Stanley Kubrick Transformed Scoring With His Music Choices - Raindance

Movie scores have always been something I am interested in. Music touches our souls and our hearts, and Stanley Kubrick is a great example of this. It has been rumored that he made his film crew listen to Mozart before starting each day. Undoubtedly, music is such a vital element in film, it almost plays as much of a role as Jack in The Shining. It is everywhere within our lives. It is an important character in so many films. Even when silent films were popular, there was usually a piano or other instrumental track that was performed.

So much time, effort and meaning go into creating movie scores and soundtracks. It adds another layer to films that images and dialogue cannot. Starting with 2001: A Space Odyssey, Kubrick started something new within his films.

He strayed away from the normal action packed soundtrack, which he had utilized in his films like Dr. Strangelove. Kubrick used the peaceful notes of classical music and it changed the tone of films. This music didn’t emphasize the action but helped deepen the plot and it became necessary in order to tell Kubrick’s stories. It almost separated itself from the film and resonated within the viewer to force them to think differently and adds dimension to the plot and the characters.

The songs he utilized in his films were not original and were not produced solely for his films– they were prerecorded tracks. This alone was a change from hundreds of previous films because directors hired outside artists or bands to record a soundtrack for them for their movie. I couldn’t help but think of Awesome Mix Vol. 1 and Vol. 2 from Guardians of the Galaxy when thinking of the scores of Kubrick’s soundtracks.

With an original soundtrack, the audience would hear a handful of new songs. This added to the mystery of many movies and appeal as people would be excited to hear their favorite bands perform new songs, or just hear new music in general.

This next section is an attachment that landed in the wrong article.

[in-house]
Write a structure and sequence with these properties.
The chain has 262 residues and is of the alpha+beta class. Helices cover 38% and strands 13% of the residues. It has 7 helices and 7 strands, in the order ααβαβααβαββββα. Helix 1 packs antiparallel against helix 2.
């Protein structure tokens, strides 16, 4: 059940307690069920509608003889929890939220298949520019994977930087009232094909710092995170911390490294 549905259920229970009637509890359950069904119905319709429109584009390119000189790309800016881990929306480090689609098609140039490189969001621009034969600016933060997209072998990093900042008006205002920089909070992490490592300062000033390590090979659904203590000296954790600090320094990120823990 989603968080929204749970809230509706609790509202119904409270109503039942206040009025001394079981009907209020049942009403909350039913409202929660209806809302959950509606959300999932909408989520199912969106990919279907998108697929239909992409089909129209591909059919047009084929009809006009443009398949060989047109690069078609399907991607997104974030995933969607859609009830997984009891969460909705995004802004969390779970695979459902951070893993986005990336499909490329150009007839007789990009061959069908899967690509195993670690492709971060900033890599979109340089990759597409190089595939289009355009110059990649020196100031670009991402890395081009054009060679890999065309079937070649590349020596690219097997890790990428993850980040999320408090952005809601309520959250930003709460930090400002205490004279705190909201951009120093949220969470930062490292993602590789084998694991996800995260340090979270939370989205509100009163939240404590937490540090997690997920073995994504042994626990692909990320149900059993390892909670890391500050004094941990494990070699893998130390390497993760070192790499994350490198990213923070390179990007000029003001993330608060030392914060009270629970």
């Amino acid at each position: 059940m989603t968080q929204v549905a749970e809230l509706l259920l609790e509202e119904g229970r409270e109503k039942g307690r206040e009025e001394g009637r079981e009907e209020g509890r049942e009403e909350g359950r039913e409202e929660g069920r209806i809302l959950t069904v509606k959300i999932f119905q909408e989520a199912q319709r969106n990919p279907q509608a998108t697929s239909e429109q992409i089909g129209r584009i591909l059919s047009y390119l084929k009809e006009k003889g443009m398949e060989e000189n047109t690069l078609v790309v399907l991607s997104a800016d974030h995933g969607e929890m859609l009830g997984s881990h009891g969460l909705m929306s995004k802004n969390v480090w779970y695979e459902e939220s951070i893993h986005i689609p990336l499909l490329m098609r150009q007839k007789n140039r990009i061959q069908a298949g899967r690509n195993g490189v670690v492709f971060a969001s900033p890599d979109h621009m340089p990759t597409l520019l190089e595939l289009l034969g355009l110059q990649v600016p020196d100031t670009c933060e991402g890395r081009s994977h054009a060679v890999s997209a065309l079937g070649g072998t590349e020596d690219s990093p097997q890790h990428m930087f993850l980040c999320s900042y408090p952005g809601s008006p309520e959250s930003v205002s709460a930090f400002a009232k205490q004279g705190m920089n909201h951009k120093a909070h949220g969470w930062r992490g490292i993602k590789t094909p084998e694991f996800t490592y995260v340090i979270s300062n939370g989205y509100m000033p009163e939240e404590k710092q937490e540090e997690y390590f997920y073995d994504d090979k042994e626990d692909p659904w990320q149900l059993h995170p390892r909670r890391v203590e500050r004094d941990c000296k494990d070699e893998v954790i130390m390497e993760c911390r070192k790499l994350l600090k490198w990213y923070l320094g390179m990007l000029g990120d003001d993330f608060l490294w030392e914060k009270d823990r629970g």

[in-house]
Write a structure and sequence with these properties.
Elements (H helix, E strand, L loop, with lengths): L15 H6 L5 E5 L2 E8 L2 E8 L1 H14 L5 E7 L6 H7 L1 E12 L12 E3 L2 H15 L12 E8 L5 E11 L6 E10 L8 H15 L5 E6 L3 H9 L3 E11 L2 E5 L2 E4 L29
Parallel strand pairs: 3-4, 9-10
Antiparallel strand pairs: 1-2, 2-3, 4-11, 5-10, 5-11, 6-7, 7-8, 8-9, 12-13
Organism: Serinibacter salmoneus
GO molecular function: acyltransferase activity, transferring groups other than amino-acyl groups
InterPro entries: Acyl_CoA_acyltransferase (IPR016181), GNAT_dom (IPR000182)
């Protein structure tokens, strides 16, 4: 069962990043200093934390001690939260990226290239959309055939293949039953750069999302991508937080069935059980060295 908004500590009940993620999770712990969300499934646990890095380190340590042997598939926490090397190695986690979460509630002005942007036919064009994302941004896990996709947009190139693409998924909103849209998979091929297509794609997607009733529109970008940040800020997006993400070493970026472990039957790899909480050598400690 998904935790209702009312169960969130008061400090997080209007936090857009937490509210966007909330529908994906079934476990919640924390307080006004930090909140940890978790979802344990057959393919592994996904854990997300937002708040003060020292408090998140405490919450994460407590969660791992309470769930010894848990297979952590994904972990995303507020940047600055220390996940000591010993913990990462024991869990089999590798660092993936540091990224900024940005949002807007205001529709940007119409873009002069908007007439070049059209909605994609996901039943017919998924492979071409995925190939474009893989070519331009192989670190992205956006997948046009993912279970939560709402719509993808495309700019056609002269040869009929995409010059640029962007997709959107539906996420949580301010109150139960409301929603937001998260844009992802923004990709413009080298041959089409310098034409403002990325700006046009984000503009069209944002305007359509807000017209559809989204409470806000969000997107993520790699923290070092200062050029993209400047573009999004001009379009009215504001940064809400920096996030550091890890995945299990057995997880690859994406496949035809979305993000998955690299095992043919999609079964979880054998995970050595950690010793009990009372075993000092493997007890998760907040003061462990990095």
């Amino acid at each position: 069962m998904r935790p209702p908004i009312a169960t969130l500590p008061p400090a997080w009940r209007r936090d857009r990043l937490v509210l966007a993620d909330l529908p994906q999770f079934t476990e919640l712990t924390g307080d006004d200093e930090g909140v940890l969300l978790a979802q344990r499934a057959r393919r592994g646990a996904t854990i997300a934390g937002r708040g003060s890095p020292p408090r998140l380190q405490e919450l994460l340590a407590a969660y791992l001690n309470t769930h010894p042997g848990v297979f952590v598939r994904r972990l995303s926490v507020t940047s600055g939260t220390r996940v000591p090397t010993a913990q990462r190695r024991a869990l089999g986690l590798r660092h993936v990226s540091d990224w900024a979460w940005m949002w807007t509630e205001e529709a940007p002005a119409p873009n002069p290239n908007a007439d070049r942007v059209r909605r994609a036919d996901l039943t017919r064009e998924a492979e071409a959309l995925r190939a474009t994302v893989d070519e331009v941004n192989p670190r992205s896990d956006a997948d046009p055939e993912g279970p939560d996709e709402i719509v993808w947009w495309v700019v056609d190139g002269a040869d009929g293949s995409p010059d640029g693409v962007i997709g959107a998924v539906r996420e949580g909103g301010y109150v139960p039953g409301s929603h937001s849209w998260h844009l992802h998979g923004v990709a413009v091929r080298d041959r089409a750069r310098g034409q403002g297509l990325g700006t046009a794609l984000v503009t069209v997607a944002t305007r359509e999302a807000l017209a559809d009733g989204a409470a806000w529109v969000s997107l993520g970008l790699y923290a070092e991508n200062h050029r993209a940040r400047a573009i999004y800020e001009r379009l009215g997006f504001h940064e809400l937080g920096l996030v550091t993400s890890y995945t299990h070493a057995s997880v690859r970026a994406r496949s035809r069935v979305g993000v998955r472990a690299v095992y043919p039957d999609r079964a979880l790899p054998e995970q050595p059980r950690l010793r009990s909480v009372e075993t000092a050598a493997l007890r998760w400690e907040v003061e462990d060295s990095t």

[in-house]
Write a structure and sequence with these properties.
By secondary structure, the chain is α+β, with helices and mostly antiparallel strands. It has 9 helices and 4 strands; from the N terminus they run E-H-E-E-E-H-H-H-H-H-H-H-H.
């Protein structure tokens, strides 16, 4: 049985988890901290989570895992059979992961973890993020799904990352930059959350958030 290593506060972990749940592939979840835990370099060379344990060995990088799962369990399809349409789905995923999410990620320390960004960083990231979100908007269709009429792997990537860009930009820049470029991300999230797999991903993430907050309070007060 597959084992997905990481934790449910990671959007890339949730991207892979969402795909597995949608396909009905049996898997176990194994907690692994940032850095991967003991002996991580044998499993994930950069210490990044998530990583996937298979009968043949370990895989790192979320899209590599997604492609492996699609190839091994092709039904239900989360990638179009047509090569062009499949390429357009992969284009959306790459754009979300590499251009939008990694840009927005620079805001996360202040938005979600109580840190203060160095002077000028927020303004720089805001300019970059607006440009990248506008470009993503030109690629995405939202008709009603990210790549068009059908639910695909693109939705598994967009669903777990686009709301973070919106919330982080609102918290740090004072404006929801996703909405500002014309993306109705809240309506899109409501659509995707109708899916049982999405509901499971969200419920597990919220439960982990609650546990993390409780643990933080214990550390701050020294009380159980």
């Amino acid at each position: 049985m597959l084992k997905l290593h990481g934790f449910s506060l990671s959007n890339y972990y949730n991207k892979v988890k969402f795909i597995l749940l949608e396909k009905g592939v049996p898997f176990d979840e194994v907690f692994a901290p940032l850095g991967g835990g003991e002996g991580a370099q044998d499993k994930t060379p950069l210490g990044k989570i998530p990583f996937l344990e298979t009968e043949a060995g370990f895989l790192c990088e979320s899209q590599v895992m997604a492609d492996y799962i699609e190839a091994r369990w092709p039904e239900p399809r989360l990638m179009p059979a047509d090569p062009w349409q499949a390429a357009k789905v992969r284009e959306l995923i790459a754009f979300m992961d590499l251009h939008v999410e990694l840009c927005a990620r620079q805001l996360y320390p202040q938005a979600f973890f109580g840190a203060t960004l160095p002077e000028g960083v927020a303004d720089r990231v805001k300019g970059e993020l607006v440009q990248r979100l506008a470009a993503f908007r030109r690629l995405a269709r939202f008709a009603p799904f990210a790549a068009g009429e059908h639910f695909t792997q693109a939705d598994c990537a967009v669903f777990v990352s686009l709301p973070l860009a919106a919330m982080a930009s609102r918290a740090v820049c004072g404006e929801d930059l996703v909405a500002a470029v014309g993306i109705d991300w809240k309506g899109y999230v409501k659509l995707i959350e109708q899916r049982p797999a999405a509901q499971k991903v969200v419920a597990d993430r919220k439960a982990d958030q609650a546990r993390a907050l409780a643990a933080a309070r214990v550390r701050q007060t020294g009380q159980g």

Tony Palmer, a British film director of films such as 200 Motels and Bird on a Wire, said of Kubrick, “Before Stanley Kubrick, music tended to be used in film as either decorative or as heightening emotions. After Stanley Kubrick, because of his use of classical music in particular, it became absolutely an essential part of the narrative, intellectual drive of the film.” Music was no longer just there with pretty vocals and fluffy lyrics, but it provided significance to the story. Kubrick changed the way music was used and what it meant.

All of us can agree that Stanley Kubrick’s films were revolutionary both in plot and in production, and how and why he scored his films makes us appreciate this master even more. He made music meaningful in films and now we can’t even imagine a film without it, even dialogue-less films.

Now, doesn’t it make complete sense why “Polymorphia” by Krzysztof Penderecki was the perfect song choice for when it is revealed to Wendy how insane Jack actually is in The Shining? Check out this article about other great uses of music in Kubrick’s films throughout his career.



Loren is working at Raindance for the summer and is originally from the States. Her love for movies started when she was a young child when she first saw Disney's "Treasure Planet." She also loves photography and taking pictures of everything and everyone.